Kathy Saldana, owner of the A Street Tavern in Vale and Quins Bar in Ontario, said she is worried her businesses will continue to struggle without help from the federal Paycheck Protection Program. (The Enterprise/Pat Caldwell).

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VALE – Kathy Saldana said she will always remember her emotion last week when she learned the federal Paycheck Protection Program ran out of money.

“I felt like someone throat punched me,” said Saldana.

The $349 billion program – geared to bring relief to small businesses across the nation in the wake of the COVID-19 virus outbreak - went dry after processing 1.7 million loans.

Small business owners across the nation like Saldana are now on hold for relief as lawmakers debate the future of the program.

The Trump administration and Congress reportedly reached a deal to pump another $300 billion into the program this week.

The program was part of an unprecedented $2 trillion COVID-19 virus salvage effort.

Saldana said the money ran out before her loan could be processed.

More than a month ago Saldana closed the doors on her businesses – A Street Tavern in Vale and Quins Bar in Ontario – to comply with state orders restricting sit-down service.

She said she expected to be open again in a few weeks

“I thought we’d be open in a reasonable amount of time,” said Saldana.

Now the future of her two businesses is uncertain.

Saldana said she counted on the federal Paycheck Protection Program to be a big help but now there is no money in its coffers, she said she is scared.

“And I’m not one that scares easily,” she said.

She wants to get her 10 employees back to work.

She wants to look out from behind the bar and greet customers.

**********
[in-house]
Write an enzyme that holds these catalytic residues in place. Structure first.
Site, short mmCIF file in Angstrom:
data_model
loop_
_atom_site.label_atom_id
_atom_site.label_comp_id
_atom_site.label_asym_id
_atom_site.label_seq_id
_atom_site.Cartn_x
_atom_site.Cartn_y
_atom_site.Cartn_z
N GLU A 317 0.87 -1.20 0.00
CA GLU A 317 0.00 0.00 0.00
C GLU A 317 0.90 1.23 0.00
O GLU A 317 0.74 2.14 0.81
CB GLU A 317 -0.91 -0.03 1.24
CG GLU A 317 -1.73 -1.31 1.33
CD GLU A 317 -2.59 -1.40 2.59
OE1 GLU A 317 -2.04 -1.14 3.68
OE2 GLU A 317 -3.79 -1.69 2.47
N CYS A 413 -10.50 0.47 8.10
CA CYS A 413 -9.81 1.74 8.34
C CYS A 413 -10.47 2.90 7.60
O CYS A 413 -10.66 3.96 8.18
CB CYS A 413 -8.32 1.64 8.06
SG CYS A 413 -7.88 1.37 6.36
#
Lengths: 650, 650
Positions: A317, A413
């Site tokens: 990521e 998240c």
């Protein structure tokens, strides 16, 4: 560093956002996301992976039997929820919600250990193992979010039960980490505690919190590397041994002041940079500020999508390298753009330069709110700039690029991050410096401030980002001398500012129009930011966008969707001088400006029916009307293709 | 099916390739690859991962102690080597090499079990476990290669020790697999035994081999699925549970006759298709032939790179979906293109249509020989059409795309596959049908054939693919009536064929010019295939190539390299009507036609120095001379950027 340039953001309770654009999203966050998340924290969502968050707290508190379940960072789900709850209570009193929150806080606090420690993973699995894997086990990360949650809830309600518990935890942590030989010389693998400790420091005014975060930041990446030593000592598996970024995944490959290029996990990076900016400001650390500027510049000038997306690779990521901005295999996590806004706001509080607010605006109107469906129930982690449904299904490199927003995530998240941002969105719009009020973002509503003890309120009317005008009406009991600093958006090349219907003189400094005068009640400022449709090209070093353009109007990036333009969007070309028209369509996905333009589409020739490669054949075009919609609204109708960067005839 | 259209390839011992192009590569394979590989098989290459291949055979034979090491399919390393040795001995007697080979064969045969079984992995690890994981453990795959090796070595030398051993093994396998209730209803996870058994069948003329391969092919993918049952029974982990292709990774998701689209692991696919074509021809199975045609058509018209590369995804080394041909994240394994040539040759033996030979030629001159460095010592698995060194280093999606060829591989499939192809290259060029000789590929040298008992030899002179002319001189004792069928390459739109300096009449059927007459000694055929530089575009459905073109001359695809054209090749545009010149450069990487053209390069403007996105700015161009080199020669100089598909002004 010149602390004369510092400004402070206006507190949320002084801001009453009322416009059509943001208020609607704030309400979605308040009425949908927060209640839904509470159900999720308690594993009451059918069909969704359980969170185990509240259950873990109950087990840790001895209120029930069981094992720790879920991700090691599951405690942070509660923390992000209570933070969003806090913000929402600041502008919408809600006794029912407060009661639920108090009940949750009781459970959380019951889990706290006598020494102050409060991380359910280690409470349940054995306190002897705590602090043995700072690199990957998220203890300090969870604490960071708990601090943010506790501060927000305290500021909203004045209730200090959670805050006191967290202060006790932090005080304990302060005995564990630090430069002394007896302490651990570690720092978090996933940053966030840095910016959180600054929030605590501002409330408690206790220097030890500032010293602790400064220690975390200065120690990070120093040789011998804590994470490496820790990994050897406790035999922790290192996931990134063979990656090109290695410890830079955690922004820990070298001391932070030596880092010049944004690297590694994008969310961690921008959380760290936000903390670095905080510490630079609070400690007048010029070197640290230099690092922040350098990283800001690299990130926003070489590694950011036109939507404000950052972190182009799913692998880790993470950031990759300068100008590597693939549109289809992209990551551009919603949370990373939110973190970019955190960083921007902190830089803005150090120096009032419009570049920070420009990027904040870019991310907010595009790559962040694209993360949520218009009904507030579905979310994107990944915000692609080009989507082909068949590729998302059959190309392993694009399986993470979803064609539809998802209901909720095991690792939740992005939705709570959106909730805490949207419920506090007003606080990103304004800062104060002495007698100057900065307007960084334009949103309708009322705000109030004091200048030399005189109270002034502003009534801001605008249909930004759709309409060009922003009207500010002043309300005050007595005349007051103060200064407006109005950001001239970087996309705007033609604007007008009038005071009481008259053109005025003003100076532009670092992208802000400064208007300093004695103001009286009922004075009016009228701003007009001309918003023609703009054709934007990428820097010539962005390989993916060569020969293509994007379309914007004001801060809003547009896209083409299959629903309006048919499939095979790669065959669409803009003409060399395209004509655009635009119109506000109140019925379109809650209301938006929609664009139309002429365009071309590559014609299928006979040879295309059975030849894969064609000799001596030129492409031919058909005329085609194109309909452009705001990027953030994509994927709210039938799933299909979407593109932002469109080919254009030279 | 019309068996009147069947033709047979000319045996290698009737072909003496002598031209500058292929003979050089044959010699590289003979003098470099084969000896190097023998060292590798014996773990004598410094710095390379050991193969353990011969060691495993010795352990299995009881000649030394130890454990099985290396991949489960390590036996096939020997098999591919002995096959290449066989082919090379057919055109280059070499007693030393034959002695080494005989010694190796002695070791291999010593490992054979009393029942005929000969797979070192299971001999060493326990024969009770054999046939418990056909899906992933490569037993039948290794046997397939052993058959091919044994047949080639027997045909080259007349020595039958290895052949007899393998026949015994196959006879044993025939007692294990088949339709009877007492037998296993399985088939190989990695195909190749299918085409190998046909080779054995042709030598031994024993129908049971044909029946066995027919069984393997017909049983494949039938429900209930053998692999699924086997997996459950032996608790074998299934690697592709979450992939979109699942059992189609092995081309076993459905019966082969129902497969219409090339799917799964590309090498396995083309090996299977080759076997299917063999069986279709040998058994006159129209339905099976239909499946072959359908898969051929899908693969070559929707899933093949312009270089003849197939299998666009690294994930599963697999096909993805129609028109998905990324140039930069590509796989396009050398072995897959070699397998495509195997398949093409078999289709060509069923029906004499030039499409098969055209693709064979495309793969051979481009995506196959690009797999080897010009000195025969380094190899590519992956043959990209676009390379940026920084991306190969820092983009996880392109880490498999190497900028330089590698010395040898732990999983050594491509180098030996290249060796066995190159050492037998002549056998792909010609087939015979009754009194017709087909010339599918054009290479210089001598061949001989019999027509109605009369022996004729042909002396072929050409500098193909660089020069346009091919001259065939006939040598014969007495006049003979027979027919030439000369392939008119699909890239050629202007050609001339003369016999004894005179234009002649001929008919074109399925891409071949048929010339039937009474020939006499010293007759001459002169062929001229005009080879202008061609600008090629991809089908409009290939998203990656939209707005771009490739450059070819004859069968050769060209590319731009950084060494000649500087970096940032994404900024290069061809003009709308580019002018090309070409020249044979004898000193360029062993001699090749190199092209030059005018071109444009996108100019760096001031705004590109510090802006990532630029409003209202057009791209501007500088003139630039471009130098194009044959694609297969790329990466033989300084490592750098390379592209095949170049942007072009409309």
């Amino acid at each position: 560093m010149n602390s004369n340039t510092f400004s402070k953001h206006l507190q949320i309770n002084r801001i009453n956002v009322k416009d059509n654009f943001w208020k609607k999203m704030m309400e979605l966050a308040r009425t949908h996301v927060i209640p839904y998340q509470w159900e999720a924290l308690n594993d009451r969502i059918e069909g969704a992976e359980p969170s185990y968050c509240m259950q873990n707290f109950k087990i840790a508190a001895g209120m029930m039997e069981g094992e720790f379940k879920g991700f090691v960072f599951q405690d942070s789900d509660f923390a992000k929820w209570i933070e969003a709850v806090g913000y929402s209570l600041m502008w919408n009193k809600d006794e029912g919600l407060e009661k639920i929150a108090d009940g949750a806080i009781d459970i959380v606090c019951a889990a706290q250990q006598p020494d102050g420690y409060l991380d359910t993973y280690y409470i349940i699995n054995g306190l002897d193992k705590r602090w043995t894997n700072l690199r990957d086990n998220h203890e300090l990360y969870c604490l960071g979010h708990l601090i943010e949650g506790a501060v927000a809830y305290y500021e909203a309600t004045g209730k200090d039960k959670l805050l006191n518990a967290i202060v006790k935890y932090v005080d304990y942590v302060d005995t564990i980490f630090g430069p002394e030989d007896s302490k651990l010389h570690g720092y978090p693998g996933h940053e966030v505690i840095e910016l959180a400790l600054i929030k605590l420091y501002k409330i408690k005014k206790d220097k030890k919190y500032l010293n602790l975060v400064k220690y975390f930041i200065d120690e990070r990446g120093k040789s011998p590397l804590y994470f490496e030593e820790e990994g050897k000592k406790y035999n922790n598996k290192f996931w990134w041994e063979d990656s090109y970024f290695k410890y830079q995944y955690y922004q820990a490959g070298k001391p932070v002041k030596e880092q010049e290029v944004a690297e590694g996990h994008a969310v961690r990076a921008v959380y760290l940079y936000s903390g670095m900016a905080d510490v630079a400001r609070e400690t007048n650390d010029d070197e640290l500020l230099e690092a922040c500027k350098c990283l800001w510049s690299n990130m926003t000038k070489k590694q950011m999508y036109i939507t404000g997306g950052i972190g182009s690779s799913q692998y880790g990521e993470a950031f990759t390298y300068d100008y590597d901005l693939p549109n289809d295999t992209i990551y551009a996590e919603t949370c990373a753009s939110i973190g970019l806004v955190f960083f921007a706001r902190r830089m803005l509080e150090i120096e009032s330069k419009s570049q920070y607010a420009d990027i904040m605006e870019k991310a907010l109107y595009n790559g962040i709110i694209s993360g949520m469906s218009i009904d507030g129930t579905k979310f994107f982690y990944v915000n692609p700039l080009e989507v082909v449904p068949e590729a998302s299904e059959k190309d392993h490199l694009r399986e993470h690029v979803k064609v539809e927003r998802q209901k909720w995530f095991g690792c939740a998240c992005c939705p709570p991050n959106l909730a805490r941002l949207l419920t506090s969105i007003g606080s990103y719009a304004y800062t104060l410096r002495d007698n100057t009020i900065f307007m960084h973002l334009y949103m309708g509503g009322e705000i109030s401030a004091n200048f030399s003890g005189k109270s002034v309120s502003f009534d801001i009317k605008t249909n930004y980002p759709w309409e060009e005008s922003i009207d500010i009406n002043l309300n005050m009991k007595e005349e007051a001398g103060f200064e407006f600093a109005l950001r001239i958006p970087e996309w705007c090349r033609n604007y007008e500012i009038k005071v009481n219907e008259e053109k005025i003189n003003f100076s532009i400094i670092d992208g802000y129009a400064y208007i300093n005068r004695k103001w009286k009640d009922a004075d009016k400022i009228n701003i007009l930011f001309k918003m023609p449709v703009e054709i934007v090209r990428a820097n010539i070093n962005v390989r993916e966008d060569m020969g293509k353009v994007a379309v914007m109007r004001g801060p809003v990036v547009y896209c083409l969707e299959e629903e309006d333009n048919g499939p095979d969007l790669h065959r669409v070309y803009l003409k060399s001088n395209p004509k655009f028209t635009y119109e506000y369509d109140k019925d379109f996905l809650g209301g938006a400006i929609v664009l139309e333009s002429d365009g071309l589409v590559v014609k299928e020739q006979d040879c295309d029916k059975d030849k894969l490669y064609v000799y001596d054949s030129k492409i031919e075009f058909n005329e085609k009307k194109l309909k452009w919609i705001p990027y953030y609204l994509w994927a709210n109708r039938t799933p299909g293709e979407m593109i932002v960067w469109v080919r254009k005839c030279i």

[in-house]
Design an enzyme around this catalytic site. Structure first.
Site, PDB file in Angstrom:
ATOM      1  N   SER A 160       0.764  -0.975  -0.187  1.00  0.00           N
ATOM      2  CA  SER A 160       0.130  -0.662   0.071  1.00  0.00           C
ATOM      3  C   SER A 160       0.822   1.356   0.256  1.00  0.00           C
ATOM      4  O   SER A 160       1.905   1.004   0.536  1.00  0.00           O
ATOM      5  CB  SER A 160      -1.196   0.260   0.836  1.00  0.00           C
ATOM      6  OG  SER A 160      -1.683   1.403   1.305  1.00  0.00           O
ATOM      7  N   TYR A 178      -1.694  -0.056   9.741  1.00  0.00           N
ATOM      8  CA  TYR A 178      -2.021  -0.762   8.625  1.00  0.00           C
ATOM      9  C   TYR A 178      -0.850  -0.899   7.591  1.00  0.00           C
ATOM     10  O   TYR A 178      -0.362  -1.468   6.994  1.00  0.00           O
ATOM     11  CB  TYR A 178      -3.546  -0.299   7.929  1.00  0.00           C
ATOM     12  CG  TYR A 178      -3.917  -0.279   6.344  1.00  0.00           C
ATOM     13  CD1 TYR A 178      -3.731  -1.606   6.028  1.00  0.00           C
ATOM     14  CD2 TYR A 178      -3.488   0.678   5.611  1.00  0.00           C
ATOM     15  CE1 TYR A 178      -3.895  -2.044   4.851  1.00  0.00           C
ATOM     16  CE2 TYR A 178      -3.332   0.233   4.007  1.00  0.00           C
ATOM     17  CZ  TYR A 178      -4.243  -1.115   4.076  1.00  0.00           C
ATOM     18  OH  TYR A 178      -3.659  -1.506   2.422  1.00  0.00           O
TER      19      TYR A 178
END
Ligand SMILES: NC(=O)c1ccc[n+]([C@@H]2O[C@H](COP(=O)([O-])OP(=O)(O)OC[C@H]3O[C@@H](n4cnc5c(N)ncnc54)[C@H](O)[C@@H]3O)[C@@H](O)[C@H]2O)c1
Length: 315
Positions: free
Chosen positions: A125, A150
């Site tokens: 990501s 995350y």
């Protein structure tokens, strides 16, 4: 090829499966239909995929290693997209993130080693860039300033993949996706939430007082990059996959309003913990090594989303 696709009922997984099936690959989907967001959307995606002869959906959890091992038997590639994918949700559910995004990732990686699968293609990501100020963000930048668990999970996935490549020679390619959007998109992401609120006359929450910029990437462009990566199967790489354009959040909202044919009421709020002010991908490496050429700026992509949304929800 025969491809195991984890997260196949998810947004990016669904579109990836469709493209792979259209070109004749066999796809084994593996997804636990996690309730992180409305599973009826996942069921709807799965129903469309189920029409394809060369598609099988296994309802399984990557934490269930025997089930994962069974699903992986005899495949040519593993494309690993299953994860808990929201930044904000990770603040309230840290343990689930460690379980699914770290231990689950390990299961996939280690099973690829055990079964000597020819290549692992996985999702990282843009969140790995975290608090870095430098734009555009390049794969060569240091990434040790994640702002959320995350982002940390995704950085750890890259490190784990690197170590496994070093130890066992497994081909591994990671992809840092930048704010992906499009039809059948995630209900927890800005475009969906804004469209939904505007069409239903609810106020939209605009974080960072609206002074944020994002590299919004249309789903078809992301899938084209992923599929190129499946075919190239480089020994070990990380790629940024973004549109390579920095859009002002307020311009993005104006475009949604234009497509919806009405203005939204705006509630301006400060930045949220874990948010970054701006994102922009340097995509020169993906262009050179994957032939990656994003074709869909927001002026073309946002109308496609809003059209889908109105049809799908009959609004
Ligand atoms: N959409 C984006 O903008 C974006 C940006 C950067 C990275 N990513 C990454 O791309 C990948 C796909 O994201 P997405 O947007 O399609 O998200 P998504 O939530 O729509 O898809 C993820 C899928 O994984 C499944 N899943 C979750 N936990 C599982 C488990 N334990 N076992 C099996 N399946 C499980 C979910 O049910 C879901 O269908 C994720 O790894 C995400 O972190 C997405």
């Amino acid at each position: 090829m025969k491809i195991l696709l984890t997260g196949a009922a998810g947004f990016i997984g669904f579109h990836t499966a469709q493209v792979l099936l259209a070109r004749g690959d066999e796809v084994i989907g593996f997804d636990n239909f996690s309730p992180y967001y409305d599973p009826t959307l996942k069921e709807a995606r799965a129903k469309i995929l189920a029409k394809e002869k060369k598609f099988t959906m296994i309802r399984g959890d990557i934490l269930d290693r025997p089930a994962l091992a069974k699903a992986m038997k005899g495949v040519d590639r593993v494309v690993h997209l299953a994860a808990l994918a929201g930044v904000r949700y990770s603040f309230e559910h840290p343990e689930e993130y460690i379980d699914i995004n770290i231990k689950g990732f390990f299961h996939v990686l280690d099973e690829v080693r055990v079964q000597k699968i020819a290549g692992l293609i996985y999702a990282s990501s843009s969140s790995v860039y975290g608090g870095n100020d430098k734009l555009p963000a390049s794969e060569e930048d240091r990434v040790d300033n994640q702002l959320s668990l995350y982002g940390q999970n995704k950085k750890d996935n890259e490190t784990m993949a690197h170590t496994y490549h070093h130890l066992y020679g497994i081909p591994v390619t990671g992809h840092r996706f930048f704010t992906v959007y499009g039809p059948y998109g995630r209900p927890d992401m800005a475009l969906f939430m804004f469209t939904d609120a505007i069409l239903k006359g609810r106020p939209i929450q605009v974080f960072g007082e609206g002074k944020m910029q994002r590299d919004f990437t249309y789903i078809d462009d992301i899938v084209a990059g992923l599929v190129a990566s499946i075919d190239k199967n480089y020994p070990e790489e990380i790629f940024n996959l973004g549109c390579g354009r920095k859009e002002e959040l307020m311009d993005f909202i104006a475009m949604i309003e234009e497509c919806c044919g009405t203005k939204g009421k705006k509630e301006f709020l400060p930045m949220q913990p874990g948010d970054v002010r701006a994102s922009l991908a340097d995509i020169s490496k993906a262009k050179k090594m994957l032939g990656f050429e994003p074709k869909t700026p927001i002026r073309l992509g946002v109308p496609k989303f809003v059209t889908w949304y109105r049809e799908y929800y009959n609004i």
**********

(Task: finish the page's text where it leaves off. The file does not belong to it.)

Most of all, she wants to save her businesses that represent half a lifetime of hopes, dreams and sweat equity.

“I have done everything they’ve told me to do. They said, ‘don’t lose hope’ but I feel like I’ve lost all hope,” said Saldana.

The Paycheck Protection Program fund, she said, was a bright light in an otherwise dismal business climate.

“I needed that money in order to survive,” said Saldana.

The sudden shut down last month was especially hard, said Saldana, because her two businesses were thriving.

“I was doing the best I’ve ever done,” said Saldana.

Saldana said she doesn’t believe her two businesses will ever reach the level of profit achieved before the shutdown.

“You never gain what you lost. You just gain knowledge of what you lost,” said Saldana.

She said another worry is some of her employees haven’t been able to get their unemployment claims processed.

“When we closed I told my employees to not worry, they were going to get their unemployment,” said Saldana.

Saldana said she will reopen with limited, curbside service at A Street Tavern on Monday, May 4.

She will bring several employees back to work.

Her business will offer limited food – such as finger steaks and fries - and beer pickup and be open from 11 a.m. to 2 p.m. and 4 p.m. to 7 p.m.

She has no illusions, she said, about the future.

“We really weren’t prepared for this. None of us. Now we are all just trying to survive now,” said Saldana.

News tip? Contact reporter Pat Caldwell at [email protected]

Have a news tip? Contact reporter Pat Caldwell at [email protected]

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